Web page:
It goes without saying that some of the most iconic heroes of action cinema have been brought to life by Sylvester Stallone. The ‘Italian Stallion’ himself, Rocky Balboa, obviously springs to mind, but that’s equally true for John Rambo.
With the character’s humble (and finite) beginnings in Dave Morrel’s 1972 novel “First Blood”, Rambo burst onto cinema screens around the world with the eponymous film adaptation in 1982. However, it was with the 1985 sequel, “Rambo: First Blood Part II” and its 1988 follow-up “Rambo III”, that our collective image of the impossibly ripped super-soldier that is John Rambo would truly take hold.
Our hero would later return after a long hiatus with 2008’s “Rambo”, which proved to not only be worth the two-decade long wait, but a major high point in the series – a truly rare feat for a decade’s later franchise revival to pull off.
Surprisingly, John would take another long break before finally returning for his newest battle in “Rambo: Last Blood”. Taking our hero out of the series’ usually occupied territory of the jungles of Southeast Asia or the mountainous deserts of Afghanistan, “Last Blood” gives Rambo the “Logan” treatment by dropping him into a contemporary Western-setting right out of a Clint Eastwood movie.
With nearly as much over-the-top battlefield carnage as Rambo’s last go-around, “Last Blood” manages to feel almost nothing like a typical Rambo movie, in a good way, while Sly shows how much of a command he still has over the role even into his seventies…
Following his battle in the Burmese jungle, John Rambo seems to have finally found the peace he’s searched for his whole life, working on his deceased father’s Arizona horse ranch. He’s joined by his old friend Maria, played by Adriana Barraza, and becomes a surrogate father to her granddaughter, Gabrielle, played by Yvette Monreal.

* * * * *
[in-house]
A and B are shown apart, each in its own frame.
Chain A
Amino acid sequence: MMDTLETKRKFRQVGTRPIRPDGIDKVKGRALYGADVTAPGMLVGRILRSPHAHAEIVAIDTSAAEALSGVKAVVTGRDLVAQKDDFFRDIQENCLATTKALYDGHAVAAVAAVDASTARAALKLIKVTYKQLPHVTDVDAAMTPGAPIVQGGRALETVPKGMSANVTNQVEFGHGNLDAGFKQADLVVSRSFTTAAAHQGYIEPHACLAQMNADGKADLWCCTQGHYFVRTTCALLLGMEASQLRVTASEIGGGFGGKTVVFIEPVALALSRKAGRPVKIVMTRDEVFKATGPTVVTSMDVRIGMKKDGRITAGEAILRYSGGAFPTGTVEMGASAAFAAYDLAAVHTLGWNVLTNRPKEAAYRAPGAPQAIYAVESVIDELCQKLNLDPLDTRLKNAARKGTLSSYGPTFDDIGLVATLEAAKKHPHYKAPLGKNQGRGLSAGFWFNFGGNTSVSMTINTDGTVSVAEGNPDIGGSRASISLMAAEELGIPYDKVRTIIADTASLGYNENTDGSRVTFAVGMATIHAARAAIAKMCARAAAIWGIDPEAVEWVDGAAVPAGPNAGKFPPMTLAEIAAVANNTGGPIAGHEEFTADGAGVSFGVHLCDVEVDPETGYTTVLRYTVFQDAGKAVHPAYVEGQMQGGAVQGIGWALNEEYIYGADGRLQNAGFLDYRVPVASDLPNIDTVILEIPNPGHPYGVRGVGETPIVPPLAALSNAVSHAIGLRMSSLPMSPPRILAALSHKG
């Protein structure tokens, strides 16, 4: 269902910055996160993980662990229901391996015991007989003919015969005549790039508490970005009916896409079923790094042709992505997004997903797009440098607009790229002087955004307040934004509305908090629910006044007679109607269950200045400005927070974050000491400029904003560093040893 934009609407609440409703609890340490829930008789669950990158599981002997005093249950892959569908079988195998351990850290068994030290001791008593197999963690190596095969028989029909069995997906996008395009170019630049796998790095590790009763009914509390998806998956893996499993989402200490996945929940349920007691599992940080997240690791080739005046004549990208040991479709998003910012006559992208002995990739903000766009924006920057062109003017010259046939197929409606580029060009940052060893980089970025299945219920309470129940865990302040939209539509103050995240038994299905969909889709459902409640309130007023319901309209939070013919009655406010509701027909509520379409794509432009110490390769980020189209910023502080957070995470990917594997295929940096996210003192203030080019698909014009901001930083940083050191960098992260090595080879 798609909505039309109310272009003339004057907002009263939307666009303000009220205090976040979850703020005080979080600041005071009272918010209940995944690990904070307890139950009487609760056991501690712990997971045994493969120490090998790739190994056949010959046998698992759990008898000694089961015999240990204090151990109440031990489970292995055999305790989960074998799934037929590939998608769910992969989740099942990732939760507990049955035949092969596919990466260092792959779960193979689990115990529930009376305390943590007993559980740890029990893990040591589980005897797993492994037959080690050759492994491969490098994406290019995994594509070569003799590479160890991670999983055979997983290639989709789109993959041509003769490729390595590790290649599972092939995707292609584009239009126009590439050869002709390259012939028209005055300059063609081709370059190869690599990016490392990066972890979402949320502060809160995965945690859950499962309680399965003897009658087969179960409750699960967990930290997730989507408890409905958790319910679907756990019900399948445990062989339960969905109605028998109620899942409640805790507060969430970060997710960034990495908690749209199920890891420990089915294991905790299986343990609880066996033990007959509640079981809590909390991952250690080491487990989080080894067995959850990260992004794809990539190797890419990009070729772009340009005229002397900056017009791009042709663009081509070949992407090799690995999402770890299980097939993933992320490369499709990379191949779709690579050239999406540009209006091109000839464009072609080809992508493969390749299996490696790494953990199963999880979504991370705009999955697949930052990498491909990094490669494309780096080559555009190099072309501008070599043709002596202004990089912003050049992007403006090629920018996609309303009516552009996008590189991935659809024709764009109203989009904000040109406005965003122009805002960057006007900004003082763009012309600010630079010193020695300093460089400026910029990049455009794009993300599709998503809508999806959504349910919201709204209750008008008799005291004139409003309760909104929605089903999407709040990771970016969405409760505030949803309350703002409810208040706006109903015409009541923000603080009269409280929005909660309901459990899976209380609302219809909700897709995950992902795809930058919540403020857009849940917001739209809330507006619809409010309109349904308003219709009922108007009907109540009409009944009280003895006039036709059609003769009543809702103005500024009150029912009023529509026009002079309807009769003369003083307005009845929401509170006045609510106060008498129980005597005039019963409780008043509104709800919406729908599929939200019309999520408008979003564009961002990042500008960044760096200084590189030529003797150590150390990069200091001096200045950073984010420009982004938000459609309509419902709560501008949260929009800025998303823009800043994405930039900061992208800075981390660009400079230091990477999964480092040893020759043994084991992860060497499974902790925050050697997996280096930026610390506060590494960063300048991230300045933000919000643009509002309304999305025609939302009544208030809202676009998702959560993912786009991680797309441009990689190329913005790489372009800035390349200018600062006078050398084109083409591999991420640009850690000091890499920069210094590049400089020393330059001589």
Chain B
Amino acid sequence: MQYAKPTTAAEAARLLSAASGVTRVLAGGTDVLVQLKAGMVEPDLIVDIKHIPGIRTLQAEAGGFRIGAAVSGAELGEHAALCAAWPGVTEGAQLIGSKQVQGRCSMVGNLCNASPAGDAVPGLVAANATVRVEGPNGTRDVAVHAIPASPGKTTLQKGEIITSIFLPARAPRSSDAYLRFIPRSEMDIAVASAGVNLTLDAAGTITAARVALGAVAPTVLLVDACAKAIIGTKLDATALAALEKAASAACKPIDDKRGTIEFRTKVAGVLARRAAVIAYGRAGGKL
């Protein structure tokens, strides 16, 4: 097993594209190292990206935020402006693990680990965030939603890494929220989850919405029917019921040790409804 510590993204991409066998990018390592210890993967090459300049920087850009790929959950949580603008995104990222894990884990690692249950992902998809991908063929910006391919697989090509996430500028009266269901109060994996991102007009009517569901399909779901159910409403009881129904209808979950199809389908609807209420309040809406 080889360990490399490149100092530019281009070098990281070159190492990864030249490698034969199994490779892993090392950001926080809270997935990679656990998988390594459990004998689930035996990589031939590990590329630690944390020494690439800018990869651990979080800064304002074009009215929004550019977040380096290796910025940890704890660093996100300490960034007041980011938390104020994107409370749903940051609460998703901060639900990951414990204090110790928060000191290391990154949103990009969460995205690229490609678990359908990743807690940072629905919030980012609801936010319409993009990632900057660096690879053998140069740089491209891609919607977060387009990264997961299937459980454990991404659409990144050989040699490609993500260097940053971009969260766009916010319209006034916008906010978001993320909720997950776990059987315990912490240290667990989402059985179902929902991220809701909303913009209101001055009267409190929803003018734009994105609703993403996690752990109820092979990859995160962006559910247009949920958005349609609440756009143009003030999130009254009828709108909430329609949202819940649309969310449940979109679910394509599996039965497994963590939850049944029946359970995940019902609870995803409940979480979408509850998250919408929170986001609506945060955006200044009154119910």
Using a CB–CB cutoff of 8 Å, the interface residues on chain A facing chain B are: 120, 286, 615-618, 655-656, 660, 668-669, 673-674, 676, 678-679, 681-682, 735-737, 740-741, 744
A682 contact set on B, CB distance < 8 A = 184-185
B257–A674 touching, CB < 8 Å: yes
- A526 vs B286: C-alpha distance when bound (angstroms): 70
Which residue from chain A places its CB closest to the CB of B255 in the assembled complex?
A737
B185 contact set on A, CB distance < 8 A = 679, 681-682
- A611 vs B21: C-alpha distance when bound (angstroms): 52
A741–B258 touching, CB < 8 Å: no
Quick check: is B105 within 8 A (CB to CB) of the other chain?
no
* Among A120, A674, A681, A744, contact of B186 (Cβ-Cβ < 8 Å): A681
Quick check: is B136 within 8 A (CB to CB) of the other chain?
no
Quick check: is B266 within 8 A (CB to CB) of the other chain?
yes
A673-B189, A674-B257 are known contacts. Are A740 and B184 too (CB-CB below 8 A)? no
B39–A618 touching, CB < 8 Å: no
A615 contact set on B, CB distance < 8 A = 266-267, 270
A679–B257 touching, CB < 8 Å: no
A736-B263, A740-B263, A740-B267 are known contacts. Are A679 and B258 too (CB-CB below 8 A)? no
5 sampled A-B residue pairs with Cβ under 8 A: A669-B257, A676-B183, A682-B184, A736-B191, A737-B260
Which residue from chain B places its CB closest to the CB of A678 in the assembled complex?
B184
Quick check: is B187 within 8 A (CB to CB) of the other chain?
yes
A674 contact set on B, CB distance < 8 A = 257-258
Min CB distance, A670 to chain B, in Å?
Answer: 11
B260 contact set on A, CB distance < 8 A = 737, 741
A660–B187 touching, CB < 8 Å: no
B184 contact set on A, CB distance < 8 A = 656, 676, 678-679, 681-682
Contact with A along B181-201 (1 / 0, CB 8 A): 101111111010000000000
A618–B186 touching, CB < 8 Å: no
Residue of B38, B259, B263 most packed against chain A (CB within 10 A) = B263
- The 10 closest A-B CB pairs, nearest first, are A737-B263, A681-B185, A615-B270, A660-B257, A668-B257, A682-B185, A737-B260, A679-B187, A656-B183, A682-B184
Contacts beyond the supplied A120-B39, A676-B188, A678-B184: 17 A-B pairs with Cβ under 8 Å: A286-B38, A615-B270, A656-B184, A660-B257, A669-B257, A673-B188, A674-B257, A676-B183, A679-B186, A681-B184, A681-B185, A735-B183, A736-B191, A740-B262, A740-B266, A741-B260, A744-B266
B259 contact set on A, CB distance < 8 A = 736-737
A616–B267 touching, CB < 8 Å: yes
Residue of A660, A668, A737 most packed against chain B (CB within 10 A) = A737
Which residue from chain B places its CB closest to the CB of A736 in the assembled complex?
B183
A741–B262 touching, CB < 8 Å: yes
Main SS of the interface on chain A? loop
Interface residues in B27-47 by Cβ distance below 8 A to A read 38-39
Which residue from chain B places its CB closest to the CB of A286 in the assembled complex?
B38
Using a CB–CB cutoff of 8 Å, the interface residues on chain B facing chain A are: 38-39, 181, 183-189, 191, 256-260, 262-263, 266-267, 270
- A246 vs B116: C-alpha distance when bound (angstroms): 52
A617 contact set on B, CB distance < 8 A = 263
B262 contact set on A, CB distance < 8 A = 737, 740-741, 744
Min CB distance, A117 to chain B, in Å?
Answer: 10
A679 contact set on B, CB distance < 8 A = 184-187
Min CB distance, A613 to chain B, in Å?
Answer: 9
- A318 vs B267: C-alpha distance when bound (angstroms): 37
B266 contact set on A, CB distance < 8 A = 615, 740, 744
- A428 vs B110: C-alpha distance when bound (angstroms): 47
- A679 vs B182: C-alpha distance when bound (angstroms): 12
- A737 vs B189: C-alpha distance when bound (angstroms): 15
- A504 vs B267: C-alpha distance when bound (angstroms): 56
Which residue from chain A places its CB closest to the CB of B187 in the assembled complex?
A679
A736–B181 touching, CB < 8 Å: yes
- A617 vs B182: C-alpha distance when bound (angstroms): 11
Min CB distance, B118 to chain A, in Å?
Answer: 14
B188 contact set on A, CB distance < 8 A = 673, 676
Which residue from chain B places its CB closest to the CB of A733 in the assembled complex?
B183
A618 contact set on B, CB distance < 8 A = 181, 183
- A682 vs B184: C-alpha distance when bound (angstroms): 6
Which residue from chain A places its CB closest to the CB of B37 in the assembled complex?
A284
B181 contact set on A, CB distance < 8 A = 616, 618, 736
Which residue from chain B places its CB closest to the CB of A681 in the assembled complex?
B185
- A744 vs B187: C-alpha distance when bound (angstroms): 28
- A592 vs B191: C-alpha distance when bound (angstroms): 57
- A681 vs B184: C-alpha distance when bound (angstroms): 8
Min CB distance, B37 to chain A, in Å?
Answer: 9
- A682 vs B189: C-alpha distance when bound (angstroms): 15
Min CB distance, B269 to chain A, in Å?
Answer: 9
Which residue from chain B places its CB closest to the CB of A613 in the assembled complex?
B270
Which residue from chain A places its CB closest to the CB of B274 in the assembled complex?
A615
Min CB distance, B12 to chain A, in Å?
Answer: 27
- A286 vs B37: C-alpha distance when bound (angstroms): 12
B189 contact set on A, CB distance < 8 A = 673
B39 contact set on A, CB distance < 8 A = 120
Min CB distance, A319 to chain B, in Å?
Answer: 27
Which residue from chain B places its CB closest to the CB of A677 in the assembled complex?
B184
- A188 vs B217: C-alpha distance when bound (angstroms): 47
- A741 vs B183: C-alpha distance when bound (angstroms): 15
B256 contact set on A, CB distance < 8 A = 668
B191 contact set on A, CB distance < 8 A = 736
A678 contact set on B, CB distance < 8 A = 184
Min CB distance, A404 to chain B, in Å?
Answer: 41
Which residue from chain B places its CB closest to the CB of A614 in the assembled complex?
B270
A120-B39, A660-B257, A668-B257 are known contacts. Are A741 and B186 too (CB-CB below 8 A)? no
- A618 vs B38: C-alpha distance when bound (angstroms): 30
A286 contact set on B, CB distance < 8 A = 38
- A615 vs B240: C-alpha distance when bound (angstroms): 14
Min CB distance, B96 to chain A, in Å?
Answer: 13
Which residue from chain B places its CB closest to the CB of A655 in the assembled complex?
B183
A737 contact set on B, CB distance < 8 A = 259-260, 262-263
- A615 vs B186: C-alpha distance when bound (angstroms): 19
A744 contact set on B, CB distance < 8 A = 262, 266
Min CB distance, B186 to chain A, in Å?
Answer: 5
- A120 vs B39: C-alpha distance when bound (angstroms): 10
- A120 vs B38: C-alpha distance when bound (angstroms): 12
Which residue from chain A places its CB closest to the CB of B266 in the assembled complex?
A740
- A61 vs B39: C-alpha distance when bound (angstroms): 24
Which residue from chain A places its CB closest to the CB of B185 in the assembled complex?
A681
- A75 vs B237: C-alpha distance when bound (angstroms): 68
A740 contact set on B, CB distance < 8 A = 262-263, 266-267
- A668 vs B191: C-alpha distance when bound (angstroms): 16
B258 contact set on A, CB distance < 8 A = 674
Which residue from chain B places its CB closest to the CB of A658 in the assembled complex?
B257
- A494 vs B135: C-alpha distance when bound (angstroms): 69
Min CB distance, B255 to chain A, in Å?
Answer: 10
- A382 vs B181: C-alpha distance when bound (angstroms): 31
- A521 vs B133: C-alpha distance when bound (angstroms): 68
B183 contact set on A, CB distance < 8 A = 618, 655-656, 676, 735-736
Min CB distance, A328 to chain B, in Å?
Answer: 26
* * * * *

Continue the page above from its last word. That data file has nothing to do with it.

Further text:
When Gabrielle’s friend Gizelle, played by Fenessa Pineda, locates her illegitimate father in Mexico, Rambo and Maria try to talk her out of reconnecting with him. Ultimately, Gabrielle ventures down to Mexico to meet him for the first time, only for him to coldly push her away. While still reeling from her father’s rejection, Gabrielle is drugged and sold to one of the local drug cartels by the duplicitous Gizelle. When Rambo learns of her kidnapping, he wastes no time in heading straight to Mexico to rescue the girl he’s come to see as the daughter he never had.
Of all the movies in the series, “Last Blood” certainly feels like the least “Rambo”-like. Where “Rambo” put our hero right back in his familiar warzone setting, with John practically taking out the entire Burmese army single-handedly in the finale, “Last Blood” feels more like cross-pollination of “Taken”, “Logan” and, of all things, “Home Alone”.
That isn’t a criticism, but it does serve to illustrate how much the film dances to its own drum next to its brethren in the series. Ever since 2006’s “Rocky Balboa” and even more so with “The Expendables” movies, Sylvester Stallone has stood as perhaps the modern example of aging action stars whose energy has barely diminished.